Kandee Johnson is a KOL YouTube influencer in the makeup and cosmetic industry with over 3.7m YouTube subscribers and 1.9m Insta followers. She shares thousands of makeup tutorials, tips, tricks, and product reviews.
Johnson worked with BoxyCharm on Instagram to promote their new beauty products.
BoxyCharm’s target audience includes lovers of all things cosmetics. Which works perfectly with Kandee’s mammoth, cosmetic-loving follower base.
Working with key opinion leader influencers
As KOLs are present on many channels, your business has loads of options for how you decide to work with one.
You could ask them to:
- Review one of your products on YouTube,
- Write a blog post about your brand,
- Share an Instagram story about your product, or
- Pose with your product for a digital advertisement.
Setting Up Your Influencer Marketing Strategy
Let’s jump into what you need to do to create an epic influencer marketing strategy for your business.
1. Establish your influencer marketing goals
First, think about your objectives in terms of SMART goals — Specific, Measurable, Achievable, Realistic, and Timely.
When developing your SMART goals, keep three factors in mind — Reach, Relevance, and Resonance.
Reach refers to the number of people you could potentially connect with through the influencer’s follower base.
But don’t make the mistake of solely focusing on this publicly-available metric.
Follower count is easy to fake, and the number of followers won’t necessarily correlate to actual reach.
But it’s a great starting point.
A relevant influencer shares content that aligns with your brand and target audience.
For example, body-positive creator Remi Bader displays her haul of Victoria’s Secret’s PINK bikini range.
Bader showcases their inclusive swimsuit sizing to her 375k followers on Instagram in this Instagram post.
Resonance relates to the engagement level relevant influencers may create with an audience suitable to your brand.
Unfortunately, resonance can also be bought. So, pay attention to the quality of the comments and retweets, etc.:
✘Are the comments emoji-only?
✘ Do the comments have no meaning or context, e.g., “Wow!”, “Nice!”, “Amazing!”?
✘ Are all comments repeated by the same user?
A large follower count is meaningless if those followers have zero interest in your brand.
2. Determine your target audience
How sweet would it be to have Dwayne “The Rock” Johnson shout about your brand to his fans?
But unless you’re a fitness brand, what would be the point?
So, define your target audience and buyer persona.
Then, create a matching set of influencer personas to identify the qualities you’re looking for in your influencers.
3. Get familiar with the legalities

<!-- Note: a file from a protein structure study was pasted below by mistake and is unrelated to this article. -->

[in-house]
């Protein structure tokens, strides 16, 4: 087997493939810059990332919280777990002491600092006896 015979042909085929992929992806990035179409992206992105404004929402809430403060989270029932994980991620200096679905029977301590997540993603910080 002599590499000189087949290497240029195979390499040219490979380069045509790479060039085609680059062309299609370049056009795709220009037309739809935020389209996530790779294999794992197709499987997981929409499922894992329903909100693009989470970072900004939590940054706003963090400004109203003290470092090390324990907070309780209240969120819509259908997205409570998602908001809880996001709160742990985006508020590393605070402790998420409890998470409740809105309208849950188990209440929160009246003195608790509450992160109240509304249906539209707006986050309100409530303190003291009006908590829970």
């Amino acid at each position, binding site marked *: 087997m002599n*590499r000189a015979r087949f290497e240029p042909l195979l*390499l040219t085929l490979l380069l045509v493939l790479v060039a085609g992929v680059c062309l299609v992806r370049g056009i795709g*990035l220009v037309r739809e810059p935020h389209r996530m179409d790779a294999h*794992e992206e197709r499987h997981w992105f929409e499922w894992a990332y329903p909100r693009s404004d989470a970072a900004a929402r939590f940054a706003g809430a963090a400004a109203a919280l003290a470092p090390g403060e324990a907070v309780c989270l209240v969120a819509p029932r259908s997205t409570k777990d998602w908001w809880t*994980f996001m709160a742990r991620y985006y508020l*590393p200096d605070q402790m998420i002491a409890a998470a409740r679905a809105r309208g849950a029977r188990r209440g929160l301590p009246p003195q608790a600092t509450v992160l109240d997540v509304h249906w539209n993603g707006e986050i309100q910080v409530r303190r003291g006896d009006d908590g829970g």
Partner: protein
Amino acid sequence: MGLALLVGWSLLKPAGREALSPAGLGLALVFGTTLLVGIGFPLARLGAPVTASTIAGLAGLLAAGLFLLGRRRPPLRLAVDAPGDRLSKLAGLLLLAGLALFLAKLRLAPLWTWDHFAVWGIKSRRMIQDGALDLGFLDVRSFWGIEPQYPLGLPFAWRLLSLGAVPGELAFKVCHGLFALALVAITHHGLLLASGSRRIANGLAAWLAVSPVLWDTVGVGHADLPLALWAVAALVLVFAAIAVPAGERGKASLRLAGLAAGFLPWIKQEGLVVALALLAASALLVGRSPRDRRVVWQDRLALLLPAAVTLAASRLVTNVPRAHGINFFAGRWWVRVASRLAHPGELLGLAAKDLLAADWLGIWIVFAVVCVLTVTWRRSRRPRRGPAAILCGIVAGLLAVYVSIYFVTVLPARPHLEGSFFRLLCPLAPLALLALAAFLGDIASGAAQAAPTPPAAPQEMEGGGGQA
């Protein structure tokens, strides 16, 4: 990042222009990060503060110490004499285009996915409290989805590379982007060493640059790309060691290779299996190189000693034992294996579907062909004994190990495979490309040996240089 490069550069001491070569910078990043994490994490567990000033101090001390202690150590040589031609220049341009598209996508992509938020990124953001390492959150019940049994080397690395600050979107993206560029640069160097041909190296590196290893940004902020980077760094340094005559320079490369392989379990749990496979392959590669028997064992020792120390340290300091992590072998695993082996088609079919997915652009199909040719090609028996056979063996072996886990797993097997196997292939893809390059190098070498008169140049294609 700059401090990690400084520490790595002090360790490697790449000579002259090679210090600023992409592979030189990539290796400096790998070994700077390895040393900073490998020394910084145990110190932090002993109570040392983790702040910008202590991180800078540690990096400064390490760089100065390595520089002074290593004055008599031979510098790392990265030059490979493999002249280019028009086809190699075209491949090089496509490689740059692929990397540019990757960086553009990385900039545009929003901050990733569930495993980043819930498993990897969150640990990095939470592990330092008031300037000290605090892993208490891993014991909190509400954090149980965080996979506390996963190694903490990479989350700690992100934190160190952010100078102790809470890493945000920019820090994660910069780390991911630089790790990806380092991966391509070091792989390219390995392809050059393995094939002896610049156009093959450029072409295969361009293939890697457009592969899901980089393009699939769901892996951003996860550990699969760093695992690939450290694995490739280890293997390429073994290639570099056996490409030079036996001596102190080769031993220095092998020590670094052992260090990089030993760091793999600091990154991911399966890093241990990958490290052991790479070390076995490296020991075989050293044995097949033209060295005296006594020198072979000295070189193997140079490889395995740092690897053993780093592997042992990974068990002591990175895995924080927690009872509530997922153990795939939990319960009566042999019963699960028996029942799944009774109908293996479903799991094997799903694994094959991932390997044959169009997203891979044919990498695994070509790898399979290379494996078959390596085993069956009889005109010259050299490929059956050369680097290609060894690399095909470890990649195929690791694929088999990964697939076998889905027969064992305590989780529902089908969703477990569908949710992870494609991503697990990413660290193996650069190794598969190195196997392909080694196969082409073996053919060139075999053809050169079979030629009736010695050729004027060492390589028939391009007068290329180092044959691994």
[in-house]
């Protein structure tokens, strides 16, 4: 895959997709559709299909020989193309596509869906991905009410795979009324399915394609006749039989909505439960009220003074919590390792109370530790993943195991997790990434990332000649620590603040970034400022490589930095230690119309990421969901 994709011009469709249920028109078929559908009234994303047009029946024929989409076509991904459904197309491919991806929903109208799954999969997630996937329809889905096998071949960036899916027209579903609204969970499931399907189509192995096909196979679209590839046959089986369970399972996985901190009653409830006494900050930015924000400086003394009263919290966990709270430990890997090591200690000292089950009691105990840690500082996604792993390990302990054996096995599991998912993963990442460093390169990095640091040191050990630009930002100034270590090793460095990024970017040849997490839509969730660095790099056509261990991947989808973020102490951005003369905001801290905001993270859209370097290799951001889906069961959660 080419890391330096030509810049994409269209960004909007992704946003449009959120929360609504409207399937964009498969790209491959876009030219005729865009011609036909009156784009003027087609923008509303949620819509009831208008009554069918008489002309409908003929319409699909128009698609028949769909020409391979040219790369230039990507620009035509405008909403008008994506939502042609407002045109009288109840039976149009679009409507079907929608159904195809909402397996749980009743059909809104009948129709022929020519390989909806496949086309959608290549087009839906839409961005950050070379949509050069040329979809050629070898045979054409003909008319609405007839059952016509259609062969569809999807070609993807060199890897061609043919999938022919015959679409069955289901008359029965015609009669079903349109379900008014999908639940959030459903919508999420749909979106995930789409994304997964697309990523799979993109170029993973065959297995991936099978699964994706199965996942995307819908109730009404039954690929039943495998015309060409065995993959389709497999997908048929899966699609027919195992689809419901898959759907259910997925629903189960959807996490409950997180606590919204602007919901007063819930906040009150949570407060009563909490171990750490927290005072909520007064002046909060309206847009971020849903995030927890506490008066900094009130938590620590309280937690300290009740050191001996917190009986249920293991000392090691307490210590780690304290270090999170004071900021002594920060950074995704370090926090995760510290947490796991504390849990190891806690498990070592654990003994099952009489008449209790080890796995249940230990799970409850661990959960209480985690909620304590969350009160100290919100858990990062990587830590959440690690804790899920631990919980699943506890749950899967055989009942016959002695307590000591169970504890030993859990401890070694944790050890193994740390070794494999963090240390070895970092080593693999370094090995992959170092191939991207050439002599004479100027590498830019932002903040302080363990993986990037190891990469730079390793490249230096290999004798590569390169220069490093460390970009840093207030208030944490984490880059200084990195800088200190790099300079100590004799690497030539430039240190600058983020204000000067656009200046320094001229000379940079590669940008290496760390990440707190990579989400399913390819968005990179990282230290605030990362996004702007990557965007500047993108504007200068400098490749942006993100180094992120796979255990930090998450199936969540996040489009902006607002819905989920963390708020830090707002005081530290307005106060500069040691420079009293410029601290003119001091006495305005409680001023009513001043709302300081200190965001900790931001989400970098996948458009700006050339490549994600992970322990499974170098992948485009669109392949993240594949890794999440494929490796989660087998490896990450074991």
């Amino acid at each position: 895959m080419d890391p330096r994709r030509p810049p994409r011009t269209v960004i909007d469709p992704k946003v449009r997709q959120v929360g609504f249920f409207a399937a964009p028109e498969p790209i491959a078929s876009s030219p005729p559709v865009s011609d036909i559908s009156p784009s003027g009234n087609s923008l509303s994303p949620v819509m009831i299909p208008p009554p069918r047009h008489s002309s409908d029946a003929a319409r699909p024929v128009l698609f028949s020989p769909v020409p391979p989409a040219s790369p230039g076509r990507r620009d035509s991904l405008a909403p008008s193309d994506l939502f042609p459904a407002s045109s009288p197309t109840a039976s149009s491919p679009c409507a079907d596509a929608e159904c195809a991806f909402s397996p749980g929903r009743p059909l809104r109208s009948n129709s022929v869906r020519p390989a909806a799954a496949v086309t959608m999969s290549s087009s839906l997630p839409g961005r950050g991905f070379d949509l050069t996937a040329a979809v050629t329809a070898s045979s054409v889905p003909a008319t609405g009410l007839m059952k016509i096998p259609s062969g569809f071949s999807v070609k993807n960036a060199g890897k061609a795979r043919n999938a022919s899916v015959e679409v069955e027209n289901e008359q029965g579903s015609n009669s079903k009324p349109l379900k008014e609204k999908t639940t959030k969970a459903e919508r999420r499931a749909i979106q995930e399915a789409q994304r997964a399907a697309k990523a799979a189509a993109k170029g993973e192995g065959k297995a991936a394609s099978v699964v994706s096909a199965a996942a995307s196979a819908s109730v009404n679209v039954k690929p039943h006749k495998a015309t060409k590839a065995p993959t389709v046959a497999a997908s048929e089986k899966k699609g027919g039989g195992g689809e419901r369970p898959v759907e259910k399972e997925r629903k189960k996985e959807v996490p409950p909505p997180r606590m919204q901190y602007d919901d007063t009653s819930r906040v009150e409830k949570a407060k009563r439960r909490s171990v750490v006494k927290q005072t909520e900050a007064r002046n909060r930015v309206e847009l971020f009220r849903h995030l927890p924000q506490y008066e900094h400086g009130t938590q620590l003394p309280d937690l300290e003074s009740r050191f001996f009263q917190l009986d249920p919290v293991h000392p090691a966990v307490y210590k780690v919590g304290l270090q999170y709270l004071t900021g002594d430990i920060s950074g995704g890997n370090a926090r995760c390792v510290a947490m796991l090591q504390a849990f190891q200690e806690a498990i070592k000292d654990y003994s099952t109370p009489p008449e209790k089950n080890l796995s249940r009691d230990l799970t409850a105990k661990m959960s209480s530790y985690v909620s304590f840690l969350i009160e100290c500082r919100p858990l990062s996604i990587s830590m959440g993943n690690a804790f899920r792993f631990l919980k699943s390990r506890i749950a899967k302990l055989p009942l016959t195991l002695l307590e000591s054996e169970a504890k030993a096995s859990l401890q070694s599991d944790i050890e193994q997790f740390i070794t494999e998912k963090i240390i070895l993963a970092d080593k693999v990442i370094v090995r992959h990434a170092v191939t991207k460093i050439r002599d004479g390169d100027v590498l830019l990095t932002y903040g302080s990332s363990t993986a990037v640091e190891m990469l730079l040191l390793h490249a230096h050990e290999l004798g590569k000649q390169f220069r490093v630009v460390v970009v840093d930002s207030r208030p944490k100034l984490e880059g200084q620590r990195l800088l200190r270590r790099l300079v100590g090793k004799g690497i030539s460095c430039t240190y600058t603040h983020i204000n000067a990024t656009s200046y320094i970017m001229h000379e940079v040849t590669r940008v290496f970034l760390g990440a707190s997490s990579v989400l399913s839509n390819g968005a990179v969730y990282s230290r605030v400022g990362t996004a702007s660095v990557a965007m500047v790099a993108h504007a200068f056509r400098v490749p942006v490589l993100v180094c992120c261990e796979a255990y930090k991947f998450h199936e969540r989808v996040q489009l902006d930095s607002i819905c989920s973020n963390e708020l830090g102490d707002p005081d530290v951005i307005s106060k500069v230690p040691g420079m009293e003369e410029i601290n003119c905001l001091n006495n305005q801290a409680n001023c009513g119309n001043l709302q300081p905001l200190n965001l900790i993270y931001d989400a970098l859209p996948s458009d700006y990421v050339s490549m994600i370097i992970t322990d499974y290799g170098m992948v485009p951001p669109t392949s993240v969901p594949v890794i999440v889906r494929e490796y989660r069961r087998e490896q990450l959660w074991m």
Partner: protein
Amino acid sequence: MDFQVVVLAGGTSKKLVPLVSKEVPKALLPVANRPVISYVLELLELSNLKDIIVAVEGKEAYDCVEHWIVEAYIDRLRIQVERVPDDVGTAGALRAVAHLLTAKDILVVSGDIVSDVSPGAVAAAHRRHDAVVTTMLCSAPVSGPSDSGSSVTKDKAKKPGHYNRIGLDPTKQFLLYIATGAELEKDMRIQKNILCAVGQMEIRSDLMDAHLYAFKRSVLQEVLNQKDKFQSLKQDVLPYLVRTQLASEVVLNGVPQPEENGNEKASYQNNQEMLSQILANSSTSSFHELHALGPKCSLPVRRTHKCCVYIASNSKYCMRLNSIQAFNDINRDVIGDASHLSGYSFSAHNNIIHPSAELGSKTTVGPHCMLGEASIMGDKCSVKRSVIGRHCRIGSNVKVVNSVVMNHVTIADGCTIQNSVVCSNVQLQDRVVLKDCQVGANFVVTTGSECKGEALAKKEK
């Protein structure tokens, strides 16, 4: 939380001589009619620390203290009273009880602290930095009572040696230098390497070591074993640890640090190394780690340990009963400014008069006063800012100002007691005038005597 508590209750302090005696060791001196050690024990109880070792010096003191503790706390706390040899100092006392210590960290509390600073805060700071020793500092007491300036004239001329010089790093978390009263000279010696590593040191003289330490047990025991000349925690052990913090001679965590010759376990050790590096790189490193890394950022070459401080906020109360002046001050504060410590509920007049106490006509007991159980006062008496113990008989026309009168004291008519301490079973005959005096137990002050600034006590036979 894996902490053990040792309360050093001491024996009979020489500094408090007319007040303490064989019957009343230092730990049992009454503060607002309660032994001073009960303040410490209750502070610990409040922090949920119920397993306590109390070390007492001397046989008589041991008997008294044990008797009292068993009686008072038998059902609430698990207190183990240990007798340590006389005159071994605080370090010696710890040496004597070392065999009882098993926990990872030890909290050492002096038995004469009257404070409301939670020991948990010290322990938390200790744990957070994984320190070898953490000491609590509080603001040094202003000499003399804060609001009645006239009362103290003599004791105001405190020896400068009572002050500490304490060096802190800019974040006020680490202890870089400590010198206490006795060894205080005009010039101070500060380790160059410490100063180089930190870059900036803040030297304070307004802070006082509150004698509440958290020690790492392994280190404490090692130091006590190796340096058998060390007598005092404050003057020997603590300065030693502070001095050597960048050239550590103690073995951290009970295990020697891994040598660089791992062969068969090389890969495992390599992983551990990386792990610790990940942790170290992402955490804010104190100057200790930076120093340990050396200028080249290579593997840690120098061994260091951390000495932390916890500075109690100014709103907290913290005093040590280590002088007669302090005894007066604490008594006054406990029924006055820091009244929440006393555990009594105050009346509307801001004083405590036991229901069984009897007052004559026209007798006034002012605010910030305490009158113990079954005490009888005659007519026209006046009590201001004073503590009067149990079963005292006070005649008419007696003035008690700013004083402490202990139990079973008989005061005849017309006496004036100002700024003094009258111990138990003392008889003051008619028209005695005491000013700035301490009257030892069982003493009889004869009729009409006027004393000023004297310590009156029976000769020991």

Before you get stuck in, you — and the influencer — need to understand the rules.
In the United States, the rule setters are the Federal Trade Commission (FTC). FTC rules state you must include disclosure guidelines in your agreements with influencers.
When you collaborate on a sponsored post, be clear and upfront, so viewers understand that it’s sponsored.
Here are some key points from the FTC:
- Videos must include written and verbal disclosure of influencer partnerships within the actual video.
- Sponsored Instagram posts must display the branded content tag in the post header to identify the influencer and the brand. E.g., “Paid partnership with Fendi”.
- Include #ad and #sponsored hashtags for disclosure. Ensure they’re obvious and not lost in a string of tags.
4. Find influencers
So, how do you begin influencer discovery?
Start with your customer database, email subscribers, and current followers.
Then, go to Google and enter “top [your niche] influencers.”
Next stop: Social media.
If you’re already following influencers in your niche, check out the “suggested for you” section to surface other influencers.
Or find them on social networks using hashtags.
But not just any ol’ hashtags.
Once again — don’t forget your rockstar employees! They may have a large following and could be potential social influencers.
5. Choose your influencer type based on your budget
By now, you should have some kind of idea of the type of influencer that will suit your brand, business goals, and target audience.
Now it’s time to set a budget.
Let’s say you’re a startup with a low budget. Then, you might choose to work with a micro-influencer.
A celebrity influencer or KOL may be a better fit if you're a mid-sized company with more resources.
Why not use an influencer marketing platform to connect with influencers? For example, you could start with Influencer Marketing Hub.